Health Sciences & Medicine
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Glaucoma management is principally dependent on measuring and controlling intraocular pressure (IOP), and on a thorough understanding of the anatomy and physiology that underlie formation and elimination of aqueous humor. Glaucoma filtering surgery is performed at the surgical limbus.


There is a number of variations for this surgical procedure, but essentially, all filtering operations share the same basic mechanism of action and general surgical principles. Trabeculectomy is currently the most frequently performed surgical procedure for glaucoma. Trabeculectomy is a safe and effective procedure in that it has a high success rate. In this surgery, the surgeon aims to allow aqueous humor to bypass the trabecular meshwork into the subconjunctival space. This would ensure an optimum intraocular pressure (IOP) while maintaining the anatomy of the globe that is indicated by prevention of shallowing of the anterior chamber (Pederson, 1996, chap 18).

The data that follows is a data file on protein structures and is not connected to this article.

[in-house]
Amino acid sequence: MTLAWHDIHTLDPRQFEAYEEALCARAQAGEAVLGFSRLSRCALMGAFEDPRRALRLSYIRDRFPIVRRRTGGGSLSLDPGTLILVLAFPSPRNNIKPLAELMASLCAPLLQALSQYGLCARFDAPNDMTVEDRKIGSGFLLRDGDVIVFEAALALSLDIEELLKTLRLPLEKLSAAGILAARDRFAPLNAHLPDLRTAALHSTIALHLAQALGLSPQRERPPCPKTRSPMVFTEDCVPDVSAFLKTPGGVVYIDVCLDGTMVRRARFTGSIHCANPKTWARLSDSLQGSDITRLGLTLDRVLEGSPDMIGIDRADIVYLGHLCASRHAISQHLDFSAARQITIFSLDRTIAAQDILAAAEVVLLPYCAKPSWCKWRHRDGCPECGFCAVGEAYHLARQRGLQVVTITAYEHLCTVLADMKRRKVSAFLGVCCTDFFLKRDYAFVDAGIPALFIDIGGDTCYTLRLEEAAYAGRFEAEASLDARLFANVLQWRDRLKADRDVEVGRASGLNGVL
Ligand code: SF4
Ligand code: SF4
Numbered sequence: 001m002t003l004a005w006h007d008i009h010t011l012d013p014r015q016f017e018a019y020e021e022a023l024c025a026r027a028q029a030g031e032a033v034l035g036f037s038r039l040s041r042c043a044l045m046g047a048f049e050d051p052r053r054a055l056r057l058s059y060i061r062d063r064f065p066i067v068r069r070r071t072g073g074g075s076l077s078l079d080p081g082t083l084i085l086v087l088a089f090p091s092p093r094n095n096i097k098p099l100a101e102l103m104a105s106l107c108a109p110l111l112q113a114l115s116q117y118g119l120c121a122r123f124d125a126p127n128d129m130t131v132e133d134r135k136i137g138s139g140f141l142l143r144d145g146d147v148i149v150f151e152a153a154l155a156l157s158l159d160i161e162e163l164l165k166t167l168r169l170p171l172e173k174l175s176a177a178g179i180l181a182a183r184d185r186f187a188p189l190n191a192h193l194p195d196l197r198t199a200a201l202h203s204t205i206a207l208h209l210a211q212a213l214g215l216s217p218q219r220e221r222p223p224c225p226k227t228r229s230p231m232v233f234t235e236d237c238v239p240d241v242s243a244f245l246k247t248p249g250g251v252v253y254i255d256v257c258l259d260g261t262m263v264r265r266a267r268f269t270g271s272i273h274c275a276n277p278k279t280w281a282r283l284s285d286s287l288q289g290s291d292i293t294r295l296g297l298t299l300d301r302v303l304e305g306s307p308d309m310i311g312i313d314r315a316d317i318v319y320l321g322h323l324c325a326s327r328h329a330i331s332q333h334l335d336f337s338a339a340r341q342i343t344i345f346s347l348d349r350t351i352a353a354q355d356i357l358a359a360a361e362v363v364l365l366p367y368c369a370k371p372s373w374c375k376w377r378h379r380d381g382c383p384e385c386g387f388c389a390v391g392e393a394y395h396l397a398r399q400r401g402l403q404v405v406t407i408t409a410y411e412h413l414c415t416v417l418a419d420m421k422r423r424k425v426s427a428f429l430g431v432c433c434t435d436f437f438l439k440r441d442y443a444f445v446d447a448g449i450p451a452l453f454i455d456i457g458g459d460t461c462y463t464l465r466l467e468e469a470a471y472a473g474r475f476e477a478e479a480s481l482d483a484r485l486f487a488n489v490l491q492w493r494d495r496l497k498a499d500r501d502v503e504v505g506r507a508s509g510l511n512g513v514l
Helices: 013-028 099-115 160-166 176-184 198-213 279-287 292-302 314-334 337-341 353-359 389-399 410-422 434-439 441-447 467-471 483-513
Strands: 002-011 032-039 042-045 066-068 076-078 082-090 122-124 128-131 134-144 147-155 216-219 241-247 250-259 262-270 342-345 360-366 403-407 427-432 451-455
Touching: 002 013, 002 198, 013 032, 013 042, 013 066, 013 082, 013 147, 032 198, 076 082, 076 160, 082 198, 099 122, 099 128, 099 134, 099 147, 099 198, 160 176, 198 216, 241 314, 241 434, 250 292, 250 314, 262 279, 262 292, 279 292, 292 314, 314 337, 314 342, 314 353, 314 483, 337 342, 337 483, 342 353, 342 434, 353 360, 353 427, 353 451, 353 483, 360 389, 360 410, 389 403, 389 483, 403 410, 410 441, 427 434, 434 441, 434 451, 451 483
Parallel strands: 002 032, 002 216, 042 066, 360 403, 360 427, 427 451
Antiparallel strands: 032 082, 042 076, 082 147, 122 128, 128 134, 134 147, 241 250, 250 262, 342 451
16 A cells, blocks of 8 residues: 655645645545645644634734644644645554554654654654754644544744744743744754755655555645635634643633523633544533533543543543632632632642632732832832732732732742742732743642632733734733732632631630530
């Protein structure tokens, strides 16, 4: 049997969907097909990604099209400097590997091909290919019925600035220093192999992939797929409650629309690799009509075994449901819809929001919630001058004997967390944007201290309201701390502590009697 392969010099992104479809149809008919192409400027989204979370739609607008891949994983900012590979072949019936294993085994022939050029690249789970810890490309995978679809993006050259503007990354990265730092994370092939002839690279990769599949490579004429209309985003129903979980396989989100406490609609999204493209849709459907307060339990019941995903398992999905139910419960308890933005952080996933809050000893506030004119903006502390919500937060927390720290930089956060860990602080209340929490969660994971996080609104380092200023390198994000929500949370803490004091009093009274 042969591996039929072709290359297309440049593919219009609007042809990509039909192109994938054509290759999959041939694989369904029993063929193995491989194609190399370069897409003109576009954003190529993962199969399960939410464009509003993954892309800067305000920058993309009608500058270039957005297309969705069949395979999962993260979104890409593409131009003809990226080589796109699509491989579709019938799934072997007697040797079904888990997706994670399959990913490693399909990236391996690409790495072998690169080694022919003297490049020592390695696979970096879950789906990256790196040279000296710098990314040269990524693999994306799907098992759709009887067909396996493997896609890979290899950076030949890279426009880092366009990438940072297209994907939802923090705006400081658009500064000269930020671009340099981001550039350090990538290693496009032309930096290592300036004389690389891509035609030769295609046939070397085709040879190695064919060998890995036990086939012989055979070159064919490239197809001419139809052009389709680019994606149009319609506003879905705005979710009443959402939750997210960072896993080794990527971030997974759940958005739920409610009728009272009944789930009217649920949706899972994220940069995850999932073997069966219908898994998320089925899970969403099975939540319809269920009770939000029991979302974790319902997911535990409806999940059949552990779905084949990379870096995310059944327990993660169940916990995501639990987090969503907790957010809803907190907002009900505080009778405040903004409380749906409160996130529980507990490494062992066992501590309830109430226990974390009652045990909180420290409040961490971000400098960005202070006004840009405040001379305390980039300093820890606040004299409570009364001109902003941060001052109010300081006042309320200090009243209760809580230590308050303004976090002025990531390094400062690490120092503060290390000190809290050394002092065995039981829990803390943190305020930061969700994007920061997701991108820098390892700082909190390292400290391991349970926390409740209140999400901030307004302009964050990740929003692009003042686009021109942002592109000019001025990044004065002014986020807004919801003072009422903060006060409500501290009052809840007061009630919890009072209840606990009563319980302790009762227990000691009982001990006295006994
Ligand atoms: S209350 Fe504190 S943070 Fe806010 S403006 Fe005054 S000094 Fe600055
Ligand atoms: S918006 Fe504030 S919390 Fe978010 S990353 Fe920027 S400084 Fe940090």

Intraocular pressure (IOP) is determined by the balance between aqueous humor production and outflow. There are diurnal variations in aqueous humor production, but it has been observed that alterations in IOP usually result from a variation in the resistance to aqueous outflow. For normal clinical purposes, IOP can be defined, thus, as pressure which does not lead to glaucomatous damage of the optic nerve head. Aqueous outflow occurs through both conventional and unconventional routes. In the former, aqueous moves through the trabecular meshwork and into Schlemm's canal, and from there to episcleral veins via collector channels that traverse the limbal sclera (Seah et al., 1995, 73-79).
Conventional aqueous humor outflow begins with the trabecular meshwork. ...
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